“I am on night duty ... on what is supposed to be the ‘hopeless ward’ so you can imagine, or try to, just what I am doing. I know you cannot really have the faintest idea ...”
In Sister Soldiers of the Great War, award-winning author Cynthia Toman recovers the long-lost history of Canada’s first women soldiers – nursing sisters who enlisted as officers with the Canadian Army Medical Corps.
These experienced nurses were motivated by patriotism, a sense of adventure, and personal and professional goals. They left their communities, families, and jobs to enlist in the Canadian Army, where they received relative rank and equal pay to men. Their official mandate was to salvage as many sick and wounded men as possible for return to the front lines. Nothing prepared them for poor living conditions, the scale of casualties, or the type of wounds they encountered, but their letters and diaries reveal that they were determined to soldier on under all circumstances while still “living as well as possible.”
The first book to look at the collective and individual experiences of Canada’s nursing sisters, Sister Soldiers of the Great War reveals how these resilient women negotiated their role as sisters and soldiers in a man’s world.
Enlivened by the nurses’ own writings, Sister Soldiers of the Great War will appeal to anyone interested in Canadian history, women’s history, military history, or nursing and medical history.
... Toman’s engaging reassessment of the supposed truths about the Canadian Army Medical Corps Nursing Sisters makes Sister Soldiers of the Great War one of the finest works on the history of Great War nursing to date.
Toman returns the Canadian Army Medical Corps nursing sisters to their rightful place at the heart of Canada’s First World War military medical system … Drawing heavily on newly available diaries, memoirs, and letters, as well as a demographic analysis of the personnel records of every single nursing sister, the book is an invaluable addition to the histories of Canadian women, medicine and nursing, and the First World War. It will be the authoritative work on its subject for years to come.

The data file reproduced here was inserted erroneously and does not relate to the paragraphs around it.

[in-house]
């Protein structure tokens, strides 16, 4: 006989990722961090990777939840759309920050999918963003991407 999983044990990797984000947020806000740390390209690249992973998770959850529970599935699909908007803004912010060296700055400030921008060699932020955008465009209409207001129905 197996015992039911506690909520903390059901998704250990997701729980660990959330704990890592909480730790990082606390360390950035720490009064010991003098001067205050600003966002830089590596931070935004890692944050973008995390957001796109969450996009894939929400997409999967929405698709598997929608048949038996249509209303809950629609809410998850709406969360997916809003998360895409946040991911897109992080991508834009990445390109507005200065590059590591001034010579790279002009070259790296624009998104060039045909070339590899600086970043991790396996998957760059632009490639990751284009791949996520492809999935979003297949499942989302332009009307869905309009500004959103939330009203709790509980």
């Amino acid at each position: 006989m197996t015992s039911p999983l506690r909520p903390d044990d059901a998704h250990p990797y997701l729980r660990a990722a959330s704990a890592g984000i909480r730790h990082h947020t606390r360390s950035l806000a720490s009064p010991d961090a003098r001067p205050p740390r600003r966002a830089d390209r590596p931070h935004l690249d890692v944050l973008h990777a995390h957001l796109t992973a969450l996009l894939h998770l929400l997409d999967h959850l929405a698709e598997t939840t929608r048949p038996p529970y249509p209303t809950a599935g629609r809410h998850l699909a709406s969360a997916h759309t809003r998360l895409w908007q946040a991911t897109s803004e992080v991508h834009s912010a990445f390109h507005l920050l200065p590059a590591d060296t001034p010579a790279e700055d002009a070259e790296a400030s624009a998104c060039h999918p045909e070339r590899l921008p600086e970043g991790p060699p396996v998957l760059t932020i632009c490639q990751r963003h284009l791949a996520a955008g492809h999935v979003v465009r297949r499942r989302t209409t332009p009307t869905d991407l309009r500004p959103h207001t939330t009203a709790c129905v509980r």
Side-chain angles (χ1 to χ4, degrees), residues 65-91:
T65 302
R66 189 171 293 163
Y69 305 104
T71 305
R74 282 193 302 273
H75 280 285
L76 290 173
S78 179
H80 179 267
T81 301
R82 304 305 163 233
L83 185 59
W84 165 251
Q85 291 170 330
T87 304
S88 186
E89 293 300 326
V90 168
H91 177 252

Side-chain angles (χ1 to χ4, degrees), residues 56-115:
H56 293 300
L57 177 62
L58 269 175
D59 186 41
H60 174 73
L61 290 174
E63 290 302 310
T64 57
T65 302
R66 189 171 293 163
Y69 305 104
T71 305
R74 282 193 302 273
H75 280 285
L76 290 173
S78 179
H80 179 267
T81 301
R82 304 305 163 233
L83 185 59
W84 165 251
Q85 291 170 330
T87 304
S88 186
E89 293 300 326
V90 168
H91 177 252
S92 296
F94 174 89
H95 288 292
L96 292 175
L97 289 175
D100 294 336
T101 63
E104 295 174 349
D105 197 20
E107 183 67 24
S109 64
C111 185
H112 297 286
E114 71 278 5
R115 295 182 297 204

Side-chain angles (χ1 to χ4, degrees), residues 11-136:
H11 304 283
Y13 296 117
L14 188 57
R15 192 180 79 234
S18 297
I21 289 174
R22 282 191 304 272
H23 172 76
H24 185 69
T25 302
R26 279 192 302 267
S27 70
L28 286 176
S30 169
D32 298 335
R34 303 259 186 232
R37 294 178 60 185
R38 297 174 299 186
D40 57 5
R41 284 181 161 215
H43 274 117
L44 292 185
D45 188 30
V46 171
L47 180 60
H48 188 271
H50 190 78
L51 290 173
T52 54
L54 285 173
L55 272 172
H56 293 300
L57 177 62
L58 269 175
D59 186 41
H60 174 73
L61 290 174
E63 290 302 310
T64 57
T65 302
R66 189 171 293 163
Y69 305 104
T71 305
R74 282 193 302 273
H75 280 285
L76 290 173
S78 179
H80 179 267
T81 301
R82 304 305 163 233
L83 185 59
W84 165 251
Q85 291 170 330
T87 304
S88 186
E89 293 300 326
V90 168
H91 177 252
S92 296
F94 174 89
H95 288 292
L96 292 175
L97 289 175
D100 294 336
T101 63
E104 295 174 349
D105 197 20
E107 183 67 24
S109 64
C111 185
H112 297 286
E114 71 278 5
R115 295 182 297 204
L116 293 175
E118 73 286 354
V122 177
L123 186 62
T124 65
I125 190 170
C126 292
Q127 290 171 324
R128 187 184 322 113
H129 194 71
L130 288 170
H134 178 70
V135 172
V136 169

The result of Toman’s painstaking pursuit of sources is a rich and compelling narrative that both inspires and repulses. Toman does not attempt to conceal the horrors of war abounding in makeshift medical wards. Nor should she … Through Sister Soldiers, Toman makes a significant contribution by correcting the relative obscurity of the Canadian Army Medical Corps nursing sisters with both rigor and sensitivity.
Of this cadre of women most – but not all, for some were killed in action – returned from war. Some became our leaders in nursing, hospital management, and social services. Some left nursing and became our grandmothers or great grandmothers. We are in their debt, for their work and for their legacy. In their articulation of war, framed by diligent writers and researchers like Toman and Andrea McKenzie [author of War-Torn Exchanges, UBC Press 2016] we discover anew, from Canadian nursing sisters in the First World War, just what war is. From such articulation, we have much to learn.
The story of Canada’s First World War military nurses has never before been told, and Toman tells it with sensitivity and a deep knowledge of both the world of nursing and the history of the war.
We have been waiting one hundred years for this book. It has been well worth the wait.
Sister Soldiers is a moving narrative of the gritty, grueling, sometimes inspiring, and often devastating realities that war entailed for Canada’s military nurses.
1 The Great Machine of Healing
2 The Cast of Characters
3 Soldiering On under All Conditions
4 Soldiering On with Medical and Surgical Work
5 Social Sisters: “Living as Well as Possible”
6 Contemplating the Costs of War
Notes; Bibliography; Index
Place and Practice in Canadian Nursing History
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